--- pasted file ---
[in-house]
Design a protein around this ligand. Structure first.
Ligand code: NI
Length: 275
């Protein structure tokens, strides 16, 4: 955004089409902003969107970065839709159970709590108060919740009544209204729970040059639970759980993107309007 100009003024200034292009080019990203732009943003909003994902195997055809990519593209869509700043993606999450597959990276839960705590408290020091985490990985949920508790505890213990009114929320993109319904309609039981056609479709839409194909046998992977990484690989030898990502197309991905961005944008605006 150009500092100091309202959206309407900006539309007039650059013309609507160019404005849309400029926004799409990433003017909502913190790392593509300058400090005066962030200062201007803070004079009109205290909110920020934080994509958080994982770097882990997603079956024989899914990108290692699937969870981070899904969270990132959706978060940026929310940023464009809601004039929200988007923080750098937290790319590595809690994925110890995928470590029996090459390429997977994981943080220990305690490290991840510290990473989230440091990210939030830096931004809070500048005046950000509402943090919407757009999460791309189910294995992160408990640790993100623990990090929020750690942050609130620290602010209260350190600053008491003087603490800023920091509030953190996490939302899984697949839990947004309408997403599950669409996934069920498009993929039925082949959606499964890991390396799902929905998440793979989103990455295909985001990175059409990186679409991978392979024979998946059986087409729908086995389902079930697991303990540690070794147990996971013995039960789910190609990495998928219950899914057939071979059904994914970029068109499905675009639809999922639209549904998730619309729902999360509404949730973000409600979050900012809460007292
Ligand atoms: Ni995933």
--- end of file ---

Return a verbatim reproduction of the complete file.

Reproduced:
[in-house]
Design a protein around this ligand. Structure first.
Ligand code: NI
Length: 275
């Protein structure tokens, strides 16, 4: 955004089409902003969107970065839709159970709590108060919740009544209204729970040059639970759980993107309007 100009003024200034292009080019990203732009943003909003994902195997055809990519593209869509700043993606999450597959990276839960705590408290020091985490990985949920508790505890213990009114929320993109319904309609039981056609479709839409194909046998992977990484690989030898990502197309991905961005944008605006 150009500092100091309202959206309407900006539309007039650059013309609507160019404005849309400029926004799409990433003017909502913190790392593509300058400090005066962030200062201007803070004079009109205290909110920020934080994509958080994982770097882990997603079956024989899914990108290692699937969870981070899904969270990132959706978060940026929310940023464009809601004039929200988007923080750098937290790319590595809690994925110890995928470590029996090459390429997977994981943080220990305690490290991840510290990473989230440091990210939030830096931004809070500048005046950000509402943090919407757009999460791309189910294995992160408990640790993100623990990090929020750690942050609130620290602010209260350190600053008491003087603490800023920091509030953190996490939302899984697949839990947004309408997403599950669409996934069920498009993929039925082949959606499964890991390396799902929905998440793979989103990455295909985001990175059409990186679409991978392979024979998946059986087409729908086995389902079930697991303990540690070794147990996971013995039960789910190609990495998928219950899914057939071979059904994914970029068109499905675009639809999922639209549904998730619309729902999360509404949730973000409600979050900012809460007292
Ligand atoms: Ni995933």